An 8-year-old boy from western Wisconsin is being called a walking miracle one year after he was run over by a tractor and its feed wagon last August. Now, he's meeting his life-savers for the first time.
The pictures of Cole Heiden after the accident are hard to look at. He spent his eighth birthday in a coma that lasted for 30 days, and he was in the hospital for two months. All that because he decided to take a ride on his dad's tractor.
"A fender broke off and I fell off and got ran over," he recalled.
Allan Heiden said that by the time he hit the clutch and the break, his son was nowhere to be seen. Allan Heiden has been a farmer all his life and said he never hesitated when it came to letting kids ride on the tractor. Now, he's urging all parents to keep kids away from the machines, saying his son's injuries were 100 percent preventable.
With broken ribs, a punctured lung and a lacerated liver -- Cole Heiden was at risk of dying.
That's where Mayo One comes in. They came to the family farm to fly Heiden from Whitehall, Wis., to a hospital in Eau Claire.
"He was probably one of the most critically-injured pediatric trauma patients I've ever taken care of," Mayo Flight Nurse Kimberly Arndorfer told FOX 9 News.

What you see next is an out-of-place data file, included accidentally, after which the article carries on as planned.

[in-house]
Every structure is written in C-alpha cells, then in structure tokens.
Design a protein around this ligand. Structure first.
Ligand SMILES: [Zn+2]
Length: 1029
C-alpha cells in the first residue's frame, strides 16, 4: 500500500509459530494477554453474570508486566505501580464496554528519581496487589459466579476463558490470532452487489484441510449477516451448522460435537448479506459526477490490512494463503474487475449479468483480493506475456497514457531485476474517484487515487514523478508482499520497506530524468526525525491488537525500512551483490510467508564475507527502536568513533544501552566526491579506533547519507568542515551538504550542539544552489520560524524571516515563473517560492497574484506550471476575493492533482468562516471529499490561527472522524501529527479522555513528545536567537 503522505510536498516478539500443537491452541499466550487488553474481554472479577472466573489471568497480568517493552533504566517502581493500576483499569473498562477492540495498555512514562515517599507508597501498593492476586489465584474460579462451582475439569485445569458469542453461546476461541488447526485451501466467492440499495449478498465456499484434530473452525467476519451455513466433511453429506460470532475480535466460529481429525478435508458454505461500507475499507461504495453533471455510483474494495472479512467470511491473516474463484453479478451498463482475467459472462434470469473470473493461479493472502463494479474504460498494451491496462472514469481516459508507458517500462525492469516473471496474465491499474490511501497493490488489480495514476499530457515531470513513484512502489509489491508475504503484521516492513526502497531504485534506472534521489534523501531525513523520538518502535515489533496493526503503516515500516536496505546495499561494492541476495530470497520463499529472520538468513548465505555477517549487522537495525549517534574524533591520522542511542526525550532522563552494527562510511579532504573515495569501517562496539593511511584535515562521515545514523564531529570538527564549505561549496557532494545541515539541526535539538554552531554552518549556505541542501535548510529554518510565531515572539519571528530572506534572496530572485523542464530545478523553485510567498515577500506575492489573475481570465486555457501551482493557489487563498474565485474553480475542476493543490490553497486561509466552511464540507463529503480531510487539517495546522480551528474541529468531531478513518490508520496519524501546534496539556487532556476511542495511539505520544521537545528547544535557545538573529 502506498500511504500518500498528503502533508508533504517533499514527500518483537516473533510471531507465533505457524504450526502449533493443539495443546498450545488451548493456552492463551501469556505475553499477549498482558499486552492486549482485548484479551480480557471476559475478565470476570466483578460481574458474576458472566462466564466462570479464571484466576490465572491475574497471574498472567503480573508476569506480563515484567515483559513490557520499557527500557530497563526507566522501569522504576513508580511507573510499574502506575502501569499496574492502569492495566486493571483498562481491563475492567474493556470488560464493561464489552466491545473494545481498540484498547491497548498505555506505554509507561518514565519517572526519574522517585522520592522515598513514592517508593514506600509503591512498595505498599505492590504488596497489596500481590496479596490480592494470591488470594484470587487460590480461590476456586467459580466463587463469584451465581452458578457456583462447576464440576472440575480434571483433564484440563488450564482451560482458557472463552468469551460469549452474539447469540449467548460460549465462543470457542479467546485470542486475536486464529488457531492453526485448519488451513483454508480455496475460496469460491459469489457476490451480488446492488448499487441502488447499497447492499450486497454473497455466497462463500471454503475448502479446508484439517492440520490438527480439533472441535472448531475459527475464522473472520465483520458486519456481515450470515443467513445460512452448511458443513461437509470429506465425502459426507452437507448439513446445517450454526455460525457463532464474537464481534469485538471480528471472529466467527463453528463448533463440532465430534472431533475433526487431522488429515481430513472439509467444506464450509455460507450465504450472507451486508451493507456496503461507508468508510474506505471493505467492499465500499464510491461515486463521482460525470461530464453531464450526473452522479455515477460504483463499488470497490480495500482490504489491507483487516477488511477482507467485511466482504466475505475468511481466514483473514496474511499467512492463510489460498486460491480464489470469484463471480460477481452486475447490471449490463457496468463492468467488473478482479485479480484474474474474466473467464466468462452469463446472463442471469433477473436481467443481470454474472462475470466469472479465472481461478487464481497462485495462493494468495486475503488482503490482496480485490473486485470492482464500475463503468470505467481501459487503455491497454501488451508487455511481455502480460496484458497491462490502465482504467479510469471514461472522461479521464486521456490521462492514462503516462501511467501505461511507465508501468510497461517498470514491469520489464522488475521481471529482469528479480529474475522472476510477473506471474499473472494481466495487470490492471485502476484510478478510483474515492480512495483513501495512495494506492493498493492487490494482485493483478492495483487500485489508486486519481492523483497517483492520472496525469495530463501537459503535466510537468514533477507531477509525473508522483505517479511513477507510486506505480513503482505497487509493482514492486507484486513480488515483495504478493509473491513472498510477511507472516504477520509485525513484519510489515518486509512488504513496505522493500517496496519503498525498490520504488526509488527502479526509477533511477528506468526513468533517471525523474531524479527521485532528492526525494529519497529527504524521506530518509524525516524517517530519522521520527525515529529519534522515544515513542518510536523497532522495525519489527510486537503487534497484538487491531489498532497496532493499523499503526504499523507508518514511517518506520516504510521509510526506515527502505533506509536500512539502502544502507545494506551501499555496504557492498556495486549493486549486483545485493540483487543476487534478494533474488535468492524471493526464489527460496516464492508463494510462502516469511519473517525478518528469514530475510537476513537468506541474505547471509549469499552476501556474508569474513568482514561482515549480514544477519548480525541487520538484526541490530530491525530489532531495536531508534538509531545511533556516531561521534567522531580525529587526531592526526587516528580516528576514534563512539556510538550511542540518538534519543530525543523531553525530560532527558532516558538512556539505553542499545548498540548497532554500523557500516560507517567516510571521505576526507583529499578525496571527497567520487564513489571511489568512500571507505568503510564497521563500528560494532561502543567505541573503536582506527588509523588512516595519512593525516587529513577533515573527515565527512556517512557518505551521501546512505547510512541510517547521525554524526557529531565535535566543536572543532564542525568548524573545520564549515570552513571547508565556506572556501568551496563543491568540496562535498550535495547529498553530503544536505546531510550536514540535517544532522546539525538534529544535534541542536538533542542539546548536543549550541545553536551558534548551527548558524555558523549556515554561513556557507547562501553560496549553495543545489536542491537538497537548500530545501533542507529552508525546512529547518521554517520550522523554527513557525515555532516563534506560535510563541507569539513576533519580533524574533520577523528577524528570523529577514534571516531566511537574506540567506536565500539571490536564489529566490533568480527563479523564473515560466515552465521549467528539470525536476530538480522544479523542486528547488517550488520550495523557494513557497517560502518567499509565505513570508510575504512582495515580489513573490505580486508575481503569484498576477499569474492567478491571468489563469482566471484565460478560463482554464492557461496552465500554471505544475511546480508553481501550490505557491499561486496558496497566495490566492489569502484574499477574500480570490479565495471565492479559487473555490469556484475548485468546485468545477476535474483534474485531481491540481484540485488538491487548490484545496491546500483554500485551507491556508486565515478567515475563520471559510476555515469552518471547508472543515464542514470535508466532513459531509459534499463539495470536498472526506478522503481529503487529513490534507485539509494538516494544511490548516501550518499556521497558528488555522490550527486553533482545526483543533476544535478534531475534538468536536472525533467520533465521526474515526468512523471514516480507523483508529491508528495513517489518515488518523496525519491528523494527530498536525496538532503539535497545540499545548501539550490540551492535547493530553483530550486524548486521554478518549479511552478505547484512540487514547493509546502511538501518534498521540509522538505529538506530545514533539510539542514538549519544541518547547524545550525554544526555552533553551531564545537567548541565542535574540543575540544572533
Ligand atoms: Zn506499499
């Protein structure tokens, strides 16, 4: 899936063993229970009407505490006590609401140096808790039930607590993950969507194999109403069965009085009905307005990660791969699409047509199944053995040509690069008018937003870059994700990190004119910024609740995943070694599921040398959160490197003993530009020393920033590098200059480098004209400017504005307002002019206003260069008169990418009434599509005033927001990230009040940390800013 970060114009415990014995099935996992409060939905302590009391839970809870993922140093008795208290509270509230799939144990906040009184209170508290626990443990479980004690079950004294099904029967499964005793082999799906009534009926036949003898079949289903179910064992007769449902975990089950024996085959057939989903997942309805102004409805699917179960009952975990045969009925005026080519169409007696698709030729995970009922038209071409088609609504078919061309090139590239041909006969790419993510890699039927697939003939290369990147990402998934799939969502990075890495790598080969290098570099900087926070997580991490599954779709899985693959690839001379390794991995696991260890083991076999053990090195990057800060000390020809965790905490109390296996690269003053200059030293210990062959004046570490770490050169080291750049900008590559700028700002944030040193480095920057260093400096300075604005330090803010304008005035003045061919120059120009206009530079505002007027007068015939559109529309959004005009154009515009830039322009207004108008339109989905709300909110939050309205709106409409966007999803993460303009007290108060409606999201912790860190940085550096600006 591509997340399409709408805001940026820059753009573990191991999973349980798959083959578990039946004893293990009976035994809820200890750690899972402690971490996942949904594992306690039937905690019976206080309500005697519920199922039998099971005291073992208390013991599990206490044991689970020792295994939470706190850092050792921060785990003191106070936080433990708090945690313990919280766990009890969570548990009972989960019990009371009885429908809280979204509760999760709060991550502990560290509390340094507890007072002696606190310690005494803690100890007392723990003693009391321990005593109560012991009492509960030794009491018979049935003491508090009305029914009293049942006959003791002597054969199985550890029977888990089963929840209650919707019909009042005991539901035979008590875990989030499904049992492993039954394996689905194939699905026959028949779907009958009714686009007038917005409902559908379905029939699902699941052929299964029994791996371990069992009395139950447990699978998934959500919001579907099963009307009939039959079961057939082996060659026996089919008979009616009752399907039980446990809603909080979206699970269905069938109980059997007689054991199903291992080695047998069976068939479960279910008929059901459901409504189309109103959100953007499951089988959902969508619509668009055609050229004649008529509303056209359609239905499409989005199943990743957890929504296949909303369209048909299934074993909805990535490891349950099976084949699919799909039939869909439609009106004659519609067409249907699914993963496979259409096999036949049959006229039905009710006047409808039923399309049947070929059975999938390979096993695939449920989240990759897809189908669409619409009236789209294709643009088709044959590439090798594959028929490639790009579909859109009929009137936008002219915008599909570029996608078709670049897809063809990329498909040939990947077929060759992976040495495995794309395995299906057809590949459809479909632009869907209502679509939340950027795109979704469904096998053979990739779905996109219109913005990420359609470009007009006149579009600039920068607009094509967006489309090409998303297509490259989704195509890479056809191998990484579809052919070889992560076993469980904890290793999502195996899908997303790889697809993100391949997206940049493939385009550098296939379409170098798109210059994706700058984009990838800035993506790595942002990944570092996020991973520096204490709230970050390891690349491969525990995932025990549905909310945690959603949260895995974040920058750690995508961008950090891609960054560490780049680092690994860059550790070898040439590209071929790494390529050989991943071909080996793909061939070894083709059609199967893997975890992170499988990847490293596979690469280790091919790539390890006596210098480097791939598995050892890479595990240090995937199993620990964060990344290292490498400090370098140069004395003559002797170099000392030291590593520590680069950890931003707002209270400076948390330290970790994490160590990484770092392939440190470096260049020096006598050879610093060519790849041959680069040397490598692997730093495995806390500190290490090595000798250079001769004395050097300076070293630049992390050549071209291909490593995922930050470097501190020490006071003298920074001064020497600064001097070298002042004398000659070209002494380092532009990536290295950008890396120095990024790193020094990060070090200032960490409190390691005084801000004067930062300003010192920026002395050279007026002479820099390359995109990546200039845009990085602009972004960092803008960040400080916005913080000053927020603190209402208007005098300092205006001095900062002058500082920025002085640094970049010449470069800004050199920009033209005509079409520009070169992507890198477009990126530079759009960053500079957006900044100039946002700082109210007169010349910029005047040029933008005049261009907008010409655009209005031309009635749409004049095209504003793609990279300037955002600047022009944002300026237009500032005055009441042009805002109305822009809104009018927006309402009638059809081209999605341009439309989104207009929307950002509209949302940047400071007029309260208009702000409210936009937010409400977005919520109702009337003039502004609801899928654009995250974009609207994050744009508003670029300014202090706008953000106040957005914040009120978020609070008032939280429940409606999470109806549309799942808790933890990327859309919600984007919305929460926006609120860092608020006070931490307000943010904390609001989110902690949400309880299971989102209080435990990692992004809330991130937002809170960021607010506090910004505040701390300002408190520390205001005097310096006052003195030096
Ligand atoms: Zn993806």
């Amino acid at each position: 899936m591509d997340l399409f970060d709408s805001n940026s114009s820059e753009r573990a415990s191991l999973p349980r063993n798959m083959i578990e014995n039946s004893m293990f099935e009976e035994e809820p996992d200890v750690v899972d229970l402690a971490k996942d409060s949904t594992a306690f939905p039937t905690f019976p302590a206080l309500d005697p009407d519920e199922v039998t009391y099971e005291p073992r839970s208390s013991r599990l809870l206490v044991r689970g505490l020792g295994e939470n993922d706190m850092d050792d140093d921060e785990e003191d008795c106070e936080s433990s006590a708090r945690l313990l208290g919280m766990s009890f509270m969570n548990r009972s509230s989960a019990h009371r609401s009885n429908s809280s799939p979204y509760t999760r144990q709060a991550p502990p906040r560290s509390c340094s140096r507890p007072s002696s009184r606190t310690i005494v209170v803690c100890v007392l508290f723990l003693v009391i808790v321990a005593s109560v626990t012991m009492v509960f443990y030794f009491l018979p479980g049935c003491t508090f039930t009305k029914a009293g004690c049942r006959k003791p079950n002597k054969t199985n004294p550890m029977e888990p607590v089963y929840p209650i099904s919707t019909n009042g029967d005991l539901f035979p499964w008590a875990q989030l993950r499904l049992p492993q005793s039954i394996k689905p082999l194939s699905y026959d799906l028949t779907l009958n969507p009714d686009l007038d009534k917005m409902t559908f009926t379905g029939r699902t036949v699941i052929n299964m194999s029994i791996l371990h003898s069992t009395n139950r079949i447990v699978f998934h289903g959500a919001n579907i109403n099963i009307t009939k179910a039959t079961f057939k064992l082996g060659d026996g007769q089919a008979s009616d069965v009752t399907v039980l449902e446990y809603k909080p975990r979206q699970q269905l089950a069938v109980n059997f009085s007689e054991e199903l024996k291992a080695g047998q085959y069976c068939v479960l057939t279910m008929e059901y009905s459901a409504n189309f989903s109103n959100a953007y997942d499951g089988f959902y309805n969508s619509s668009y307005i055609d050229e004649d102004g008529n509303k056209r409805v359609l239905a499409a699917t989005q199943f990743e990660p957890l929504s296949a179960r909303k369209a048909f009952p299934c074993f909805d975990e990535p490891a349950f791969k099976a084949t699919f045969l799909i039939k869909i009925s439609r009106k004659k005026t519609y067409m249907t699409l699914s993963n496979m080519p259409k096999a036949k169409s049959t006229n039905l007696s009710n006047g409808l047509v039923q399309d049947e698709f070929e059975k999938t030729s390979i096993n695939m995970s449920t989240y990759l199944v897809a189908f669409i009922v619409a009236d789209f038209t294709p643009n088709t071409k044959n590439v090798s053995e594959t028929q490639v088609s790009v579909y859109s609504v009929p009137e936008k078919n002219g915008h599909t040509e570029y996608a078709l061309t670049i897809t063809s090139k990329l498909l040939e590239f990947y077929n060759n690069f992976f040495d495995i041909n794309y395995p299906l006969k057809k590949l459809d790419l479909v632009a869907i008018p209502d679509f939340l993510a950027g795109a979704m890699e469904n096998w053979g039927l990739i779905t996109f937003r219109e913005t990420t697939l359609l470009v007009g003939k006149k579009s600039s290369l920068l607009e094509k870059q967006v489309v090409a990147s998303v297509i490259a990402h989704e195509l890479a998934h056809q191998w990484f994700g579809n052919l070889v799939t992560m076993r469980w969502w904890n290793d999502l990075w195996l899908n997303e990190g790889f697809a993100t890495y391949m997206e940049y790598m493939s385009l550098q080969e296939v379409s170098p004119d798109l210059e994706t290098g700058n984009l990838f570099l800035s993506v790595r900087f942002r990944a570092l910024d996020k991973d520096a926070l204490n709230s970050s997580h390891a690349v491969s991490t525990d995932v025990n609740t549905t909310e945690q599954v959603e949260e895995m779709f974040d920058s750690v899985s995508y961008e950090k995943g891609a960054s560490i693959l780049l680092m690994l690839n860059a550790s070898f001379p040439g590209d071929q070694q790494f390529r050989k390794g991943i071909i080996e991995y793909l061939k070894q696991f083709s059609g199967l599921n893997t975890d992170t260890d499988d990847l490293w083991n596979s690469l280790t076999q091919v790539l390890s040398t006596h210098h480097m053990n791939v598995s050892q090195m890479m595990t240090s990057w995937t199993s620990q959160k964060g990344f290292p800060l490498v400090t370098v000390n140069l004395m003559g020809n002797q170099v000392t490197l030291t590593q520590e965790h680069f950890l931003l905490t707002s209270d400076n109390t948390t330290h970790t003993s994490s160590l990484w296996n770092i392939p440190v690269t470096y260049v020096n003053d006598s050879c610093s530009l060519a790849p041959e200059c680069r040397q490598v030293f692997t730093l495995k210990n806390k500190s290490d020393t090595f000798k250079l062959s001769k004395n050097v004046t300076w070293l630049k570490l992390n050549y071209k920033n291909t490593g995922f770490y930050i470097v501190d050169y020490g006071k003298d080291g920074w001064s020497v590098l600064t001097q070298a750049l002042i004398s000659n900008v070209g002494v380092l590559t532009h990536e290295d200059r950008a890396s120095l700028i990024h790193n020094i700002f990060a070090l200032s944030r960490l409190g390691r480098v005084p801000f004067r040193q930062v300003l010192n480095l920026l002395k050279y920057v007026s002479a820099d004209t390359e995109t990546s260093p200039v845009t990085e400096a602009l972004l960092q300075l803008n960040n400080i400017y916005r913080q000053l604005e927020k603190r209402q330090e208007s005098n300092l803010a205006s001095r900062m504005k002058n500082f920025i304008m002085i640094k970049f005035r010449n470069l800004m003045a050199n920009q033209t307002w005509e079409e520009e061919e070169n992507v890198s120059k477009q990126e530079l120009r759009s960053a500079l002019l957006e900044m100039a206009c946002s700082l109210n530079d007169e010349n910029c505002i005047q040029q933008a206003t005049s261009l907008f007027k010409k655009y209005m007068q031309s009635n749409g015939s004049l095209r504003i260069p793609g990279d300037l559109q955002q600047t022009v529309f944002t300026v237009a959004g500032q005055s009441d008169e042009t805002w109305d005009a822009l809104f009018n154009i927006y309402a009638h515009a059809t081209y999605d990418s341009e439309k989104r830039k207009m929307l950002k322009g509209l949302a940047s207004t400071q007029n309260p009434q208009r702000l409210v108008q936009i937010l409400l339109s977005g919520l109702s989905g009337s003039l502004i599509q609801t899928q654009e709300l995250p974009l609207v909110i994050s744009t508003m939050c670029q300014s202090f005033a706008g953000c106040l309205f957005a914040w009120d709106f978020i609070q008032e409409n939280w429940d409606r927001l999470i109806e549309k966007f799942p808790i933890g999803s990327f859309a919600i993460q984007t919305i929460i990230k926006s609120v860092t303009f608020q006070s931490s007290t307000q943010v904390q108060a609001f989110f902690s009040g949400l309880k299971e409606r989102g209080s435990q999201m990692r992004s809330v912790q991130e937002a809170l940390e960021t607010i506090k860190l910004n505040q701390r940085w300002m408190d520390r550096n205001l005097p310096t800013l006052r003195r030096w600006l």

Heiden got to meet Arndorfer for the first time nine months after his accident, and he got to see the place where his life-saving procedures began.
While en route to the hospital, Heiden was in dire need of blood. Fortunately, Mayo One is the only medical helicopter in Minnesota and western Wisconsin that carries blood on its flights.
"He wouldn't have survived," Arndorfer said. "There's no doubt in my mind he wouldn't have survived."
In fact, doctors say that only 5 percent of patients with a lacerated liver make it. Not only did he beat the odds, he also presented a unique opportunity to Arndorfer in that she gets to see the results of her work.
"Thank you for saving my life," Heiden told her.
As a mother of three boys, Arndorfer says the meeting was one she won't forget.
"It was awesome," she said. "He looks like a little 8-year-old boy. You would never have known he was injured -- just super cool."
Yet, Arndorfer doesn't want anyone to forget the doctors who also played a major role in saving Cole Heiden.